Tackling graft needs more than just words
Last week was a golden opportunity for global anti-corruption movements and for Thailand's Private Sector Collective Action Coalition against Corruption (CAC) to engage in anti-corruption at a global level. Heads of state and leaders from business and civil society from around the globe gathered for the London Anti-Corruption Summit 2016 on May 12.
The event, sponsored by the UK government, aimed to orchestrate a synchronised path to eradicate corruption through concrete measures to expose it, penalise those committing or supporting it, protect those taking part in solving it, and wipe out existing corrupt cultures.
The summit grew from concerns over the growing dimension and severity of corruption world-wide. UK Prime Minister David Cameron rightly said corruption is the cancer at the heart of so many of our problems in the world today. It destroys jobs and holds back growth, costing the world economy billions of pounds every year. It steals from the poorest as corrupt governments siphon off funds and prevents hard-working people from getting the full benefits of growth that are rightfully theirs. It can even undermine our security. As Sarah Chayes argues in her essay, the perceived corruption of local governments makes people more susceptible to the poisonous ideology of extremists.
The recent release of the so-called "Panama Papers" is another demonstration of how the international financial system has been abused and how a gigantic non-transparent business has evolved, with potential linkages between politicians and businessmen in shady deals of companies established in tax havens. The leaked information also reveals money trails and the roles of financial institutions in facilitating dubious transactions.
Corruption and corporate secrecy damage business and are a tremendous drain on global development -- squandering resources which could have otherwise been used to build schools, health clinics, roads and bridges or to deliver vital social services. Instead, corrupt people illegally squirrel away public resources for their own benefit and use proxy companies to hide assets or launder through various investments.
To this end, leaders from business and civil society around the world, through the initiative of the British government, jointly issued the Leader's Anti-Corruption Manifesto at last week's summit. The manifesto was co-signed by leaders of 41 organisations, including the CAC, putting forward clear proposals to the heads of state to fight corruption by taking the following steps:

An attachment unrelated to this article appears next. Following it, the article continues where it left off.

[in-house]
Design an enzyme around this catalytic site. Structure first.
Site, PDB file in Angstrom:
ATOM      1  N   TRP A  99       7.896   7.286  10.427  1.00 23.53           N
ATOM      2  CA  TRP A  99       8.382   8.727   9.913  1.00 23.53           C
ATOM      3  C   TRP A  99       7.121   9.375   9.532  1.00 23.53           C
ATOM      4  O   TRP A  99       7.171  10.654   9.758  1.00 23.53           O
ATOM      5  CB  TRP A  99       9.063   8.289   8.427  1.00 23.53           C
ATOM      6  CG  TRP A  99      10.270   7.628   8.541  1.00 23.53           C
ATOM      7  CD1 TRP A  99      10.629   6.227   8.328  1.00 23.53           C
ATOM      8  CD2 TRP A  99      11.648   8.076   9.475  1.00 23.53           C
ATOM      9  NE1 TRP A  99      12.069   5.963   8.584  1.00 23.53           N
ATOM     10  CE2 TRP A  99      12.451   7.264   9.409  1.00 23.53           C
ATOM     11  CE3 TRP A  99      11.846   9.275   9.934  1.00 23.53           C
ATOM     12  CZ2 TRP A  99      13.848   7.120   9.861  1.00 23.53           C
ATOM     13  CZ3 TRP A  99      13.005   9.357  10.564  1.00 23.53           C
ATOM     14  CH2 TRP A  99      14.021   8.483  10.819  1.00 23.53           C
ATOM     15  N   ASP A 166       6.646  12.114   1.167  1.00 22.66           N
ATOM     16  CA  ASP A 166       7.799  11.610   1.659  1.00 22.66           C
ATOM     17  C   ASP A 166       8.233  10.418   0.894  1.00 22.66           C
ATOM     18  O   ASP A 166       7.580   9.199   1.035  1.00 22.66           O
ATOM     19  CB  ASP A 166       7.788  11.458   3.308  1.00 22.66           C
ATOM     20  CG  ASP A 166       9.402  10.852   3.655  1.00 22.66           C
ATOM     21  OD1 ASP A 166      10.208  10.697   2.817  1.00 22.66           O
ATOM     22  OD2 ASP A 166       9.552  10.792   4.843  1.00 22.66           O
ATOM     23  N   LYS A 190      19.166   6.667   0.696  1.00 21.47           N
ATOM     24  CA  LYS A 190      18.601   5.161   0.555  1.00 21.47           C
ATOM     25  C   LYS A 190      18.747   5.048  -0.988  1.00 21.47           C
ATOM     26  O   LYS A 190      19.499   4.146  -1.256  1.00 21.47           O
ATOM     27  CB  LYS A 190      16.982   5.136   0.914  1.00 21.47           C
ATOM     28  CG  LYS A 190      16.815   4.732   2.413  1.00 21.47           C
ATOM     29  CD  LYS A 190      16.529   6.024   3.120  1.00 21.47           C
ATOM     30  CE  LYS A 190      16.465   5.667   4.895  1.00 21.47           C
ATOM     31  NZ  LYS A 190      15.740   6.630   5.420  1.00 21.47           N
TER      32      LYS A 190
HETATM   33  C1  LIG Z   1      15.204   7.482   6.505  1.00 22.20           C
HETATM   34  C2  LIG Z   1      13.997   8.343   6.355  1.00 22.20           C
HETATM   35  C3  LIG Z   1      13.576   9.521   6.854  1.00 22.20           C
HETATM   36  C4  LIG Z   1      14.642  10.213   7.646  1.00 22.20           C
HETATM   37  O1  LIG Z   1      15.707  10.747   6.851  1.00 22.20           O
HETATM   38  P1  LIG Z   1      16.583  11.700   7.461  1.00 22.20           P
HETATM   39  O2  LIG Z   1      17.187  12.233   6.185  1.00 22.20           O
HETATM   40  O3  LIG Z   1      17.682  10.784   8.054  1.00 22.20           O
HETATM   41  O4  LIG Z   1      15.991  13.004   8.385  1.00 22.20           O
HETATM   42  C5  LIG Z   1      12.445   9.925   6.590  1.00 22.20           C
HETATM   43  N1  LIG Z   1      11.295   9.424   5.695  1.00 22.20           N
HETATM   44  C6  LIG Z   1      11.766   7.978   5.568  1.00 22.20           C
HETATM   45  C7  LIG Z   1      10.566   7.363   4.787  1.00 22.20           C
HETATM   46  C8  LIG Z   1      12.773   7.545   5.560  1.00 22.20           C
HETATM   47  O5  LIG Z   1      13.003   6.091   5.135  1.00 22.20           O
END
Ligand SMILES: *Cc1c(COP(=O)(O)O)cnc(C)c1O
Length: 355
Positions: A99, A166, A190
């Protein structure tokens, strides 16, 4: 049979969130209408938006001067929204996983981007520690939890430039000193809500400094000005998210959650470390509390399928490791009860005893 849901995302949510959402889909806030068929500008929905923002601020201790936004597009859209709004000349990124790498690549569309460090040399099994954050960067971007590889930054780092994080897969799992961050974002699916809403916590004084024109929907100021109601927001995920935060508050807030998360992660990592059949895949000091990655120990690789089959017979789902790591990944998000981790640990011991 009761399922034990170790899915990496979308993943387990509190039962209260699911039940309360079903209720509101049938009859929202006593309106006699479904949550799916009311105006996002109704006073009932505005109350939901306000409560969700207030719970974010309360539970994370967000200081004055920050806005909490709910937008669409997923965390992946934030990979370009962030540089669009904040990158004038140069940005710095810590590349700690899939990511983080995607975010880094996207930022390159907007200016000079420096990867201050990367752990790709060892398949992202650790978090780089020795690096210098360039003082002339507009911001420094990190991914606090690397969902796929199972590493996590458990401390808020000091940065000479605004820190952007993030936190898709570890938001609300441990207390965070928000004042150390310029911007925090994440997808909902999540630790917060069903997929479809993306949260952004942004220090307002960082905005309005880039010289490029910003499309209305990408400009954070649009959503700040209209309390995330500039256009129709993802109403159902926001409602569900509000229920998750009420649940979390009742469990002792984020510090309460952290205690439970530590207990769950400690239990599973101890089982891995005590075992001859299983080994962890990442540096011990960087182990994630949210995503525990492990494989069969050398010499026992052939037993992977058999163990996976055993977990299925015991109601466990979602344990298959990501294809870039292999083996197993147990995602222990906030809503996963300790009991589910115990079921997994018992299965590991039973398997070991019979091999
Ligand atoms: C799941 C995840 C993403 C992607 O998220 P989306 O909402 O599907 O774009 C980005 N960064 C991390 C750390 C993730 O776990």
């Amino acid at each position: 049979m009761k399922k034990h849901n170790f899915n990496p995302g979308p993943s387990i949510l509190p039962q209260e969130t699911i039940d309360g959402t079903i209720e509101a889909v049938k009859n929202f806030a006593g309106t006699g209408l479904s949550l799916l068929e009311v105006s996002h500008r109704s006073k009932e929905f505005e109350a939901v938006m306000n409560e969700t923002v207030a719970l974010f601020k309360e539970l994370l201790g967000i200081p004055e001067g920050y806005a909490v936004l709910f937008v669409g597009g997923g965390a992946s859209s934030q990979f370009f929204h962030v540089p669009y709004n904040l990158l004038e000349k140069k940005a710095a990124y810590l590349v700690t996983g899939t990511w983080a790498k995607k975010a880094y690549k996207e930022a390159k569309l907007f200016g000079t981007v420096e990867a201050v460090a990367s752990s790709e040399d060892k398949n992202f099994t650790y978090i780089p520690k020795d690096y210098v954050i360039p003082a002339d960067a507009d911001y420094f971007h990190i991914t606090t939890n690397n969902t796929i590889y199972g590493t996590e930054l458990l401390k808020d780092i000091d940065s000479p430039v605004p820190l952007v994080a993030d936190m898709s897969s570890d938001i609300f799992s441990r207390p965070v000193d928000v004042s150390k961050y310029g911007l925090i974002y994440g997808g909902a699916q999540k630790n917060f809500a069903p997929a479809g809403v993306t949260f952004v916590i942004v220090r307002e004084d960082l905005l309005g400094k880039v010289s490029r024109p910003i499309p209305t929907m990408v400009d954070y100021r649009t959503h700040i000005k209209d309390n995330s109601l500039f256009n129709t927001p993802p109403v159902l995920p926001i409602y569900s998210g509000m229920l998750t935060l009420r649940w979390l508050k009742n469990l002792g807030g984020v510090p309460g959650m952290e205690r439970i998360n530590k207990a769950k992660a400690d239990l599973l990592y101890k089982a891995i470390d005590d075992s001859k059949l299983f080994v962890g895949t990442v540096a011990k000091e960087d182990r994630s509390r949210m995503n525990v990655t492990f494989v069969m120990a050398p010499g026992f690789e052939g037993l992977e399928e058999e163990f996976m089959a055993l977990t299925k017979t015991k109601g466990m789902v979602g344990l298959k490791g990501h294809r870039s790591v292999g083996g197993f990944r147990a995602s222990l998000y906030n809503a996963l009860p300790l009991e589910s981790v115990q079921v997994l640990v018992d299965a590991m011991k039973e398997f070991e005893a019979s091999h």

Firstly, governments should establish public beneficial ownership transparency over companies and close down corporate secrecy which is a tool for the corrupt.
Secondly, governments should establish a more level playing field in business markets and open up government contracting so that citizens and business can follow a clear public record of how their money was spent.
Thirdly, governments should end impunity for the corrupt who escape justice for their actions in their own countries and they should take concrete steps to support whistleblowers who stand up against graft.
It is clear that governments have direct roles and duties to support and lead in the fight against corruption. Without seriously committed leadership and determination, effective solutions to corruption will not be possible, while weak law enforcement will make the task even more difficult.
A student writes on a piece of paper in support of rooting out graft, at an event organised by the National Anti-Corruption Commission last year. WICHAN CHAROENKIATPAKUL
Economically, corruption distorts markets and adds hidden costs to production. It prevents fair competition and innovation, while weak rule of law deters investment. By contrast, greater business transparency will reduce corruption risks and costs while enhancing investors' confidence, encouraging investment and competition. Opening up government contracting will also reduce opportunities for corruption and ensure fairer competition for large-scale projects and government procurement. Transparency will help investors and analysts better assess the risk, save taxpayers' money, and enhance quality of goods or services procured by the state.
The invitation to the CAC to join the manifesto at the summit indicates acceptance of the CAC's anti-corruption roles and works internationally. Also at this special event, the CAC issued its own statement that was published and distributed at last week's summit. The key messages from the CAC statement are as follows:
Firstly, the fight against graft cannot be won without strong commitment and determination from governments to take the lead and set an example from the top. Governments must also do business or have financial transactions only with firms that have clear anti-corruption policies and strong compliance procedures in place.
With regard to services that governments provide to the citizen such as the issuance of licences and other official documents, governments should adopt full transparency on such processes with a clear timeline, documents required, and the fee involved. Any deviation from the specified timeline and conditions is subject to scrutiny for corruption by law.
Bandid Nijathaworn is secretary-general of Thailand's Private Sector Collective Action Coalition against Corruption.
Visiting Professor at Hitotsubashi University
Bandid Nijathaworn is president and CEO of the Thai Institute of Directors and visiting professor, Hitotsubashi University. This is an abridged version of an article featured in the book 'Bretton Woods, The Next 70 Years', published by the Reinventing Bretton Woods Committee, 2015.